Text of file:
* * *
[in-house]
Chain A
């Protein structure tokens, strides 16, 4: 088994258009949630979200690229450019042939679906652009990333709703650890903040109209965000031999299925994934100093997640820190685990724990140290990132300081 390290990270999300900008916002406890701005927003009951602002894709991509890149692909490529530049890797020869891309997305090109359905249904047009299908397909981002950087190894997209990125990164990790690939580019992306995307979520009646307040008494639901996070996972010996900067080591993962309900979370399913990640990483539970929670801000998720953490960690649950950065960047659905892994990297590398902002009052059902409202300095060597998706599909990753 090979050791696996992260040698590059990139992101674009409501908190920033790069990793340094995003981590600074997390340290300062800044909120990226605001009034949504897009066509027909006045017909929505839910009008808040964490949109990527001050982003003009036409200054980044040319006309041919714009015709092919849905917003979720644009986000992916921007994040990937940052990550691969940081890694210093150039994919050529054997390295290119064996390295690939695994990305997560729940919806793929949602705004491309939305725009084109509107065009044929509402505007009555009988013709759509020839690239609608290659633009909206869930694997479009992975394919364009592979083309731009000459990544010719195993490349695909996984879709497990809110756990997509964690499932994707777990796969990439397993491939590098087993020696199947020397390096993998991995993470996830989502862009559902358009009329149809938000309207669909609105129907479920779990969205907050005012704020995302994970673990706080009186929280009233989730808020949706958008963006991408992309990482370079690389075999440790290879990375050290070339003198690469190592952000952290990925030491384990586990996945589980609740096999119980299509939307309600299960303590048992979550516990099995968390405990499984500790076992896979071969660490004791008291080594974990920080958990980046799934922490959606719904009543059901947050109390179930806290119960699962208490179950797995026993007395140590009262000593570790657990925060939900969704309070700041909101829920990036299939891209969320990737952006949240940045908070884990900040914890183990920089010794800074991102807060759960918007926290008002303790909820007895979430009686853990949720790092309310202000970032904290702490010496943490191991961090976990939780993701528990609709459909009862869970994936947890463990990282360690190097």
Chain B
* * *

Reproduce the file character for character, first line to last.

[in-house]
Chain A
């Protein structure tokens, strides 16, 4: 088994258009949630979200690229450019042939679906652009990333709703650890903040109209965000031999299925994934100093997640820190685990724990140290990132300081 390290990270999300900008916002406890701005927003009951602002894709991509890149692909490529530049890797020869891309997305090109359905249904047009299908397909981002950087190894997209990125990164990790690939580019992306995307979520009646307040008494639901996070996972010996900067080591993962309900979370399913990640990483539970929670801000998720953490960690649950950065960047659905892994990297590398902002009052059902409202300095060597998706599909990753 090979050791696996992260040698590059990139992101674009409501908190920033790069990793340094995003981590600074997390340290300062800044909120990226605001009034949504897009066509027909006045017909929505839910009008808040964490949109990527001050982003003009036409200054980044040319006309041919714009015709092919849905917003979720644009986000992916921007994040990937940052990550691969940081890694210093150039994919050529054997390295290119064996390295690939695994990305997560729940919806793929949602705004491309939305725009084109509107065009044929509402505007009555009988013709759509020839690239609608290659633009909206869930694997479009992975394919364009592979083309731009000459990544010719195993490349695909996984879709497990809110756990997509964690499932994707777990796969990439397993491939590098087993020696199947020397390096993998991995993470996830989502862009559902358009009329149809938000309207669909609105129907479920779990969205907050005012704020995302994970673990706080009186929280009233989730808020949706958008963006991408992309990482370079690389075999440790290879990375050290070339003198690469190592952000952290990925030491384990586990996945589980609740096999119980299509939307309600299960303590048992979550516990099995968390405990499984500790076992896979071969660490004791008291080594974990920080958990980046799934922490959606719904009543059901947050109390179930806290119960699962208490179950797995026993007395140590009262000593570790657990925060939900969704309070700041909101829920990036299939891209969320990737952006949240940045908070884990900040914890183990920089010794800074991102807060759960918007926290008002303790909820007895979430009686853990949720790092309310202000970032904290702490010496943490191991961090976990939780993701528990609709459909009862869970994936947890463990990282360690190097």
Chain B